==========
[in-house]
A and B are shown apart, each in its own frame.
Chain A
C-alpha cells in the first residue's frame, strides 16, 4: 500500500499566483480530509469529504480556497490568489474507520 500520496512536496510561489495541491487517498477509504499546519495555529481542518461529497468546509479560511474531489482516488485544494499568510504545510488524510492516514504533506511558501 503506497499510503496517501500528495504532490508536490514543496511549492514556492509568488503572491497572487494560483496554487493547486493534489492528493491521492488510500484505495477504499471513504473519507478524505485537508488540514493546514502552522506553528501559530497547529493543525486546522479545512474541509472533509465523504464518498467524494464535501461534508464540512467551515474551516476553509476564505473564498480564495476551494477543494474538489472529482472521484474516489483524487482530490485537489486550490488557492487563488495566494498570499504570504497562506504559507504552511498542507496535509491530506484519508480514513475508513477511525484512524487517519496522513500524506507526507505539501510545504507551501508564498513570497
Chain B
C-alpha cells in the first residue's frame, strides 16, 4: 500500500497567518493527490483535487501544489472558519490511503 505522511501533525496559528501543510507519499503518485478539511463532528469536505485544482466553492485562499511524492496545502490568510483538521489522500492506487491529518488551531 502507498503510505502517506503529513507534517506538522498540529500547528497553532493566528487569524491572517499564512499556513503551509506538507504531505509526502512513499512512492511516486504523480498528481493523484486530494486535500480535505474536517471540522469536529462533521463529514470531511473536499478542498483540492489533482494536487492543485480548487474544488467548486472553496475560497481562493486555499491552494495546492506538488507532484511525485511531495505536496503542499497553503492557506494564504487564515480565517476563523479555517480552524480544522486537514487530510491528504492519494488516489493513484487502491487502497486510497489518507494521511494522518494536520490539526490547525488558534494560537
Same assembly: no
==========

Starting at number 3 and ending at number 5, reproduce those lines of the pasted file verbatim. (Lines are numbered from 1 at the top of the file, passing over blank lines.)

Chain A
C-alpha cells in the first residue's frame, strides 16, 4: 500500500499566483480530509469529504480556497490568489474507520 500520496512536496510561489495541491487517498477509504499546519495555529481542518461529497468546509479560511474531489482516488485544494499568510504545510488524510492516514504533506511558501 503506497499510503496517501500528495504532490508536490514543496511549492514556492509568488503572491497572487494560483496554487493547486493534489492528493491521492488510500484505495477504499471513504473519507478524505485537508488540514493546514502552522506553528501559530497547529493543525486546522479545512474541509472533509465523504464518498467524494464535501461534508464540512467551515474551516476553509476564505473564498480564495476551494477543494474538489472529482472521484474516489483524487482530490485537489486550490488557492487563488495566494498570499504570504497562506504559507504552511498542507496535509491530506484519508480514513475508513477511525484512524487517519496522513500524506507526507505539501510545504507551501508564498513570497
Chain B